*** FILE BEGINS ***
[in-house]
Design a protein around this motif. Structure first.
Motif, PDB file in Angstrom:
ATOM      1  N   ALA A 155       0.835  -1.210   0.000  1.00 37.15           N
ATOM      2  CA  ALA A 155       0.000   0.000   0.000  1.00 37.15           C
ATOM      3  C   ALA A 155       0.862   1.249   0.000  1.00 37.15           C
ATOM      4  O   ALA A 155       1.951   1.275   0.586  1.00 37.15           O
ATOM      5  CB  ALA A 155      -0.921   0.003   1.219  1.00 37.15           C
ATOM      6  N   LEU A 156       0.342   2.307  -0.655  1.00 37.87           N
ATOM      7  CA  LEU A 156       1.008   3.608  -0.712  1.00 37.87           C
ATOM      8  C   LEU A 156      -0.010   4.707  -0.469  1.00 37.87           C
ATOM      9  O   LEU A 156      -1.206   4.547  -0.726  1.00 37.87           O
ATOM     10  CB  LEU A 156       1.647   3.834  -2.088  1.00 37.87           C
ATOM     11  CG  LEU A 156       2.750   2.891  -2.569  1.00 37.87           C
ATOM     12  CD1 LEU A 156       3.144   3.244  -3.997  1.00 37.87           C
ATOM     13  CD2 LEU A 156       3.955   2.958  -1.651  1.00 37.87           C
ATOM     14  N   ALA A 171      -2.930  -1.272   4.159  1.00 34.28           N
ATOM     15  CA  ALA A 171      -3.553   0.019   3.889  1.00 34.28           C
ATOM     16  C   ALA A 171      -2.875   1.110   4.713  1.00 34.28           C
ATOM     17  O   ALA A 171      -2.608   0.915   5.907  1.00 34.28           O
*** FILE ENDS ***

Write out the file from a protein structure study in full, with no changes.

[in-house]
Design a protein around this motif. Structure first.
Motif, PDB file in Angstrom:
ATOM      1  N   ALA A 155       0.835  -1.210   0.000  1.00 37.15           N
ATOM      2  CA  ALA A 155       0.000   0.000   0.000  1.00 37.15           C
ATOM      3  C   ALA A 155       0.862   1.249   0.000  1.00 37.15           C
ATOM      4  O   ALA A 155       1.951   1.275   0.586  1.00 37.15           O
ATOM      5  CB  ALA A 155      -0.921   0.003   1.219  1.00 37.15           C
ATOM      6  N   LEU A 156       0.342   2.307  -0.655  1.00 37.87           N
ATOM      7  CA  LEU A 156       1.008   3.608  -0.712  1.00 37.87           C
ATOM      8  C   LEU A 156      -0.010   4.707  -0.469  1.00 37.87           C
ATOM      9  O   LEU A 156      -1.206   4.547  -0.726  1.00 37.87           O
ATOM     10  CB  LEU A 156       1.647   3.834  -2.088  1.00 37.87           C
ATOM     11  CG  LEU A 156       2.750   2.891  -2.569  1.00 37.87           C
ATOM     12  CD1 LEU A 156       3.144   3.244  -3.997  1.00 37.87           C
ATOM     13  CD2 LEU A 156       3.955   2.958  -1.651  1.00 37.87           C
ATOM     14  N   ALA A 171      -2.930  -1.272   4.159  1.00 34.28           N
ATOM     15  CA  ALA A 171      -3.553   0.019   3.889  1.00 34.28           C
ATOM     16  C   ALA A 171      -2.875   1.110   4.713  1.00 34.28           C
ATOM     17  O   ALA A 171      -2.608   0.915   5.907  1.00 34.28           O